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# Could someone solve this

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Manager
Joined: 28 Aug 2006
Posts: 243

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Location: Albuquerque, NM

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03 Jan 2007, 21:42
This topic is locked. If you want to discuss this question please re-post it in the respective forum.

Attachments

1.jpg [ 44.5 KiB | Viewed 504 times ]

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Manager
Joined: 30 Jun 2006
Posts: 87

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03 Jan 2007, 22:43
C

The prime numbers are 1, 2, 3, 5.

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Director
Joined: 05 Feb 2006
Posts: 893

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04 Jan 2007, 00:31
jainvik7 wrote:
C

The prime numbers are 1, 2, 3, 5.

1 is not a prime number

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SVP
Joined: 01 May 2006
Posts: 1794

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04 Jan 2007, 00:38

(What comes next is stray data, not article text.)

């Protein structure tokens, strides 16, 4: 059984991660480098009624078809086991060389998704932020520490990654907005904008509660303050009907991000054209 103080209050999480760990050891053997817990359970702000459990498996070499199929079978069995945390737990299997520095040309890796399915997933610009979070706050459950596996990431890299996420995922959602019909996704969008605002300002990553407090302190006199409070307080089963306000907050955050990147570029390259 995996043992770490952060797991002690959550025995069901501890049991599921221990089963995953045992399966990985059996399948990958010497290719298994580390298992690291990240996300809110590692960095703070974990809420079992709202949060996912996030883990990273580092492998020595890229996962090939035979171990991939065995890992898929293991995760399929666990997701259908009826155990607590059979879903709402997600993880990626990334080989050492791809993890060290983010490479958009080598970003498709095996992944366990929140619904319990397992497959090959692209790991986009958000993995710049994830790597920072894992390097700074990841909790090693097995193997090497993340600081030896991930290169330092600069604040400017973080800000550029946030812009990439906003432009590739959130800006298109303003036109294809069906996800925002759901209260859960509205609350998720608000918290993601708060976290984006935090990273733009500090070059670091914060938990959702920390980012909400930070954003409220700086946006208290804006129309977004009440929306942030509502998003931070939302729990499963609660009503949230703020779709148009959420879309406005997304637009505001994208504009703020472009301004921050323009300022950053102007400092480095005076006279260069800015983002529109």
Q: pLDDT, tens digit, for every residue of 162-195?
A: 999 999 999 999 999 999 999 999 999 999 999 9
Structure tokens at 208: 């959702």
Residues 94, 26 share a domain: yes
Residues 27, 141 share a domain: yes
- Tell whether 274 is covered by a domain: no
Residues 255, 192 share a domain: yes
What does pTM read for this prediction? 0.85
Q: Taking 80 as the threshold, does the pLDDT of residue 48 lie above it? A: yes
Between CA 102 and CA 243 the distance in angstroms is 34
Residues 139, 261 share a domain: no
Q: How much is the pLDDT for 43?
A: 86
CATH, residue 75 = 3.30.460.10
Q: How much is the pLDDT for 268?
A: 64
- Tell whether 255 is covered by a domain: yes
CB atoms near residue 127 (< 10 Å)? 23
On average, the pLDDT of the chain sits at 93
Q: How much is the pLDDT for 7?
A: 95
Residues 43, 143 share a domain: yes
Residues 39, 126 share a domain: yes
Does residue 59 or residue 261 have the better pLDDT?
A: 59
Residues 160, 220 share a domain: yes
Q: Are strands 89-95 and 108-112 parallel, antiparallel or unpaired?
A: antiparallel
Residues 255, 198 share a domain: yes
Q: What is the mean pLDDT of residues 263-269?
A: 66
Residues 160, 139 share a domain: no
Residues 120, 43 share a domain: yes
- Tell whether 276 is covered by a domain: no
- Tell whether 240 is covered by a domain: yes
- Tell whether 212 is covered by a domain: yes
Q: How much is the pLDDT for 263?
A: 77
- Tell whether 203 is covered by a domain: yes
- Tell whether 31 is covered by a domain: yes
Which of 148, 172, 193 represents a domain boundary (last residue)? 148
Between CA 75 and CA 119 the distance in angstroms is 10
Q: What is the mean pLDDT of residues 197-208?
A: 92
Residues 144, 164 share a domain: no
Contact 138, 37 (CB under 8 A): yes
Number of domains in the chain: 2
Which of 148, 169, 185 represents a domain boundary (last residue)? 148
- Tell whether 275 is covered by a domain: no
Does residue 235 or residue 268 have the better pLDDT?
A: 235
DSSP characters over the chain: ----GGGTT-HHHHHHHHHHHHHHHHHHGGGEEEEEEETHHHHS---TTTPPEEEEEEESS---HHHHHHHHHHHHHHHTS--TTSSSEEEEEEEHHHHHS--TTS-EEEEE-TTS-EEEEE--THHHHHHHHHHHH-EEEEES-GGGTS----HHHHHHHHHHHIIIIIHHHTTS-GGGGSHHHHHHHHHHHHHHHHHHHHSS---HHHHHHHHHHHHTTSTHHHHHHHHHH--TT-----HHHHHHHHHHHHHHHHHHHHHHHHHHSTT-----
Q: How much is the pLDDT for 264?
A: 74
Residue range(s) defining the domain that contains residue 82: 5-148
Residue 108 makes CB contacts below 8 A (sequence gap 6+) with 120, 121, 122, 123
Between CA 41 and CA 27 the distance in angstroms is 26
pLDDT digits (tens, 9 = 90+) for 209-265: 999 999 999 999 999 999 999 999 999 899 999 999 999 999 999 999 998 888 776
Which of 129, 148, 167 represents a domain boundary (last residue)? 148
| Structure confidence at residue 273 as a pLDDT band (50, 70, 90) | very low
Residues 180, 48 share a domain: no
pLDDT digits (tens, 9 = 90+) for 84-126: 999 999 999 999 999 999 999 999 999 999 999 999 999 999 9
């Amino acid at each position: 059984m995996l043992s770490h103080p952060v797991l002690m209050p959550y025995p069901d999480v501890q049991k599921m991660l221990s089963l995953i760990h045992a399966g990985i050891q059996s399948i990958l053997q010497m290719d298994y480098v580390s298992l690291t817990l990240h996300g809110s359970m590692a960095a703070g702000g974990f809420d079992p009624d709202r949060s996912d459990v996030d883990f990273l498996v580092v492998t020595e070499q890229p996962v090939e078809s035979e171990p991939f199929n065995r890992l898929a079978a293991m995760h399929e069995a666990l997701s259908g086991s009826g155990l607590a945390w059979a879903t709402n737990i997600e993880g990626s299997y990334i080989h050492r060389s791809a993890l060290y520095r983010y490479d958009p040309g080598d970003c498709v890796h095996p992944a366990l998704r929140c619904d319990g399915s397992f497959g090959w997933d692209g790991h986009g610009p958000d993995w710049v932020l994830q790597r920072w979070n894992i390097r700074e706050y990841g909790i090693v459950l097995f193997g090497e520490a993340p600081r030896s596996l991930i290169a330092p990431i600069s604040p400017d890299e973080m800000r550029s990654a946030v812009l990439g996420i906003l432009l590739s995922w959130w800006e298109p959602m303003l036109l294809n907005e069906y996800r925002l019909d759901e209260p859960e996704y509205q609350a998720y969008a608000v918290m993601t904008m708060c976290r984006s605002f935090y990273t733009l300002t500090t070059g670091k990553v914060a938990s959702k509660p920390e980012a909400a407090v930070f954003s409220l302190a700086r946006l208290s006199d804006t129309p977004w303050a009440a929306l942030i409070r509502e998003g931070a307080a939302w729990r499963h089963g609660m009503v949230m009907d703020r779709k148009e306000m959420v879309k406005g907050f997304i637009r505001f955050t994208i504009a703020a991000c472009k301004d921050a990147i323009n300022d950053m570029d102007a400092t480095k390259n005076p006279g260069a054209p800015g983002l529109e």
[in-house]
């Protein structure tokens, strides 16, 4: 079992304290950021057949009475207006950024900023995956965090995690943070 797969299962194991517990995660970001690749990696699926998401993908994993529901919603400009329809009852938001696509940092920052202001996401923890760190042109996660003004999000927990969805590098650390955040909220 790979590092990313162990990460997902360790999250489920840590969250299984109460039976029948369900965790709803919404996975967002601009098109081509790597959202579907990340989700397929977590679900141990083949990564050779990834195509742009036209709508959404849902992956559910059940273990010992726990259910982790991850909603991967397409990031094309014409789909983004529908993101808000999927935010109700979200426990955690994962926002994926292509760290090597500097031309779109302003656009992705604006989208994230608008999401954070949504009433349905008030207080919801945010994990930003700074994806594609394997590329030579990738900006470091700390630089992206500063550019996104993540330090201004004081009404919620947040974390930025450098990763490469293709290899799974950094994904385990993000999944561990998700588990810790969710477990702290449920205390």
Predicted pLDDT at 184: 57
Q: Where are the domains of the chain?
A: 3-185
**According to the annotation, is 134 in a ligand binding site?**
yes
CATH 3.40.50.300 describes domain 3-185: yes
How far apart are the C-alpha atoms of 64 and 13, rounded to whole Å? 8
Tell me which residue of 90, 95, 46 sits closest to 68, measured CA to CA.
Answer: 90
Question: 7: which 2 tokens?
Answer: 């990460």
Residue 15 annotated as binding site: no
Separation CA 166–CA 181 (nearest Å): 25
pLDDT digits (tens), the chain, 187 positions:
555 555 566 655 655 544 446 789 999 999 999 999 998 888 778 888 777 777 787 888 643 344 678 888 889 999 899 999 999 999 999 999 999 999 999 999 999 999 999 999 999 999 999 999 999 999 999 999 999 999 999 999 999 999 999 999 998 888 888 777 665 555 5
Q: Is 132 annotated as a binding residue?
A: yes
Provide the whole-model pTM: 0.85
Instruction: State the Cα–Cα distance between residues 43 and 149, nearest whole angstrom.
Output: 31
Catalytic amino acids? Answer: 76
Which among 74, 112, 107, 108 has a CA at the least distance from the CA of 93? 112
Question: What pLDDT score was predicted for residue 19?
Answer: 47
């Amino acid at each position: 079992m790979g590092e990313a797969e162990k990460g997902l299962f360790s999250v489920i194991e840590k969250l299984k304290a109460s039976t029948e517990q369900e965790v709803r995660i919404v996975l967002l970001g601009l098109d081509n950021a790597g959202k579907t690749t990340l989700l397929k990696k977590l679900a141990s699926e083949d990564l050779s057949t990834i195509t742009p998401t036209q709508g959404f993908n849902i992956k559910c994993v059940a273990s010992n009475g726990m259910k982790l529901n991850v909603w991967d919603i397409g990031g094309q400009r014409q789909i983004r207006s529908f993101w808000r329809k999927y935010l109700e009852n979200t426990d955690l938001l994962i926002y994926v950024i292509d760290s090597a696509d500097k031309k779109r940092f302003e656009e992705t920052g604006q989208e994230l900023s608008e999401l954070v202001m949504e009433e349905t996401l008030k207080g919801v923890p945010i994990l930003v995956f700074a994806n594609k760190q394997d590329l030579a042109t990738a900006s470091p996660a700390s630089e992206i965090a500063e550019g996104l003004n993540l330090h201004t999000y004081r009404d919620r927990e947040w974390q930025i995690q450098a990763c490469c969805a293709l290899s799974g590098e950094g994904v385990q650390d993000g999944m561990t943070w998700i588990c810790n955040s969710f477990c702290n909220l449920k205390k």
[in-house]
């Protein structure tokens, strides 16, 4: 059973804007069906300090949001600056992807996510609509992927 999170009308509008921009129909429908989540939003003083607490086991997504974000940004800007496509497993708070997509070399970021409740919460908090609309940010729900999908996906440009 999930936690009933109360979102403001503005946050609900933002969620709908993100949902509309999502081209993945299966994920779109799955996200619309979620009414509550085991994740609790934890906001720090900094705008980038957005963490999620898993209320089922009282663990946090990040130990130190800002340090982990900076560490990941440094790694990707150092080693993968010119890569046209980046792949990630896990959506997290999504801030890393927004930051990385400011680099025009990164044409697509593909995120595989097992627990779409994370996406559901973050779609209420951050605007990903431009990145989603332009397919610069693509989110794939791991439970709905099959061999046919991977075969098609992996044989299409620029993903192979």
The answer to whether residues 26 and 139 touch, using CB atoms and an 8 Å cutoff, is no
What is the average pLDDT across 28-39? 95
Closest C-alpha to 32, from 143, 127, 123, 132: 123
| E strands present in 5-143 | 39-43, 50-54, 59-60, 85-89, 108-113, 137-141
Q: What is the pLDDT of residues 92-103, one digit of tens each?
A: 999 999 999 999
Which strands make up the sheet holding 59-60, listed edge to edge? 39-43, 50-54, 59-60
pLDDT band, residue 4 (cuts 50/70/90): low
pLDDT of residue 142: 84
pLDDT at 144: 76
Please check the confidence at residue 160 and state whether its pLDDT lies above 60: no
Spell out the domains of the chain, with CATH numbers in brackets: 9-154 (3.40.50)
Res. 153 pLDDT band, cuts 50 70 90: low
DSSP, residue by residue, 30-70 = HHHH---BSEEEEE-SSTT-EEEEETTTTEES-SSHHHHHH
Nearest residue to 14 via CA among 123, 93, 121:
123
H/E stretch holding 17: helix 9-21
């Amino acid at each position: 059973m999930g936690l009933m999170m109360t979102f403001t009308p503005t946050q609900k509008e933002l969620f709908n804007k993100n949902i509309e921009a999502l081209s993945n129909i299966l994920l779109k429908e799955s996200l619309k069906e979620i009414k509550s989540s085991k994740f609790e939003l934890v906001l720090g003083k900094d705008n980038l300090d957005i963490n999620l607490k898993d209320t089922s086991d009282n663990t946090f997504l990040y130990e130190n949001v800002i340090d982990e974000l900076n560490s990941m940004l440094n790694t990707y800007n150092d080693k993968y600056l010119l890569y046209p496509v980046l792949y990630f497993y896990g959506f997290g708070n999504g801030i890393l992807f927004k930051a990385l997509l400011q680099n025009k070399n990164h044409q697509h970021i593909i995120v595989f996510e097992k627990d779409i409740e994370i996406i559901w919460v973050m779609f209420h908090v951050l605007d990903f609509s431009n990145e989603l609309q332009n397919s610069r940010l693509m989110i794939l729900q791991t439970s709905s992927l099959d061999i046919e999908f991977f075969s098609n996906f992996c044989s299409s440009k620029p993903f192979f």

(A) for me

From 1
As m is composed of 4 prime numbers, we can do a combination of those prime numbers. The max number of factor will never change no matter the prime numbers that constitue it.

SUFF.

From 2
o m = 2 >>> 2 factors.
o m = 4 >>> 3 factors.

INSUFF.

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Manager
Joined: 30 Jun 2006
Posts: 87

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04 Jan 2007, 01:13
My mistake ...

it should be A

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VP
Joined: 28 Mar 2006
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04 Jan 2007, 04:19
A should be it.

1 and 4 primes

taking all possible combinations we get it

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Manager
Joined: 28 Aug 2006
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Location: Albuquerque, NM

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04 Jan 2007, 06:25
I had also got A, but the OA and OE in the book are totally wrong, they consider 1 as prime (1 is definitely not a prime, I know GMAT does not consider 1 as prime so I will stick with that)

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SVP
Joined: 01 May 2006
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04 Jan 2007, 07:11
jainan24 wrote:
I had also got A, but the OA and OE in the book are totally wrong, they consider 1 as prime (1 is definitely not a prime, I know GMAT does not consider 1 as prime so I will stick with that)

Absolutly. The OG states directly that the first prime number is 2.

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04 Jan 2007, 07:11
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# Could someone solve this

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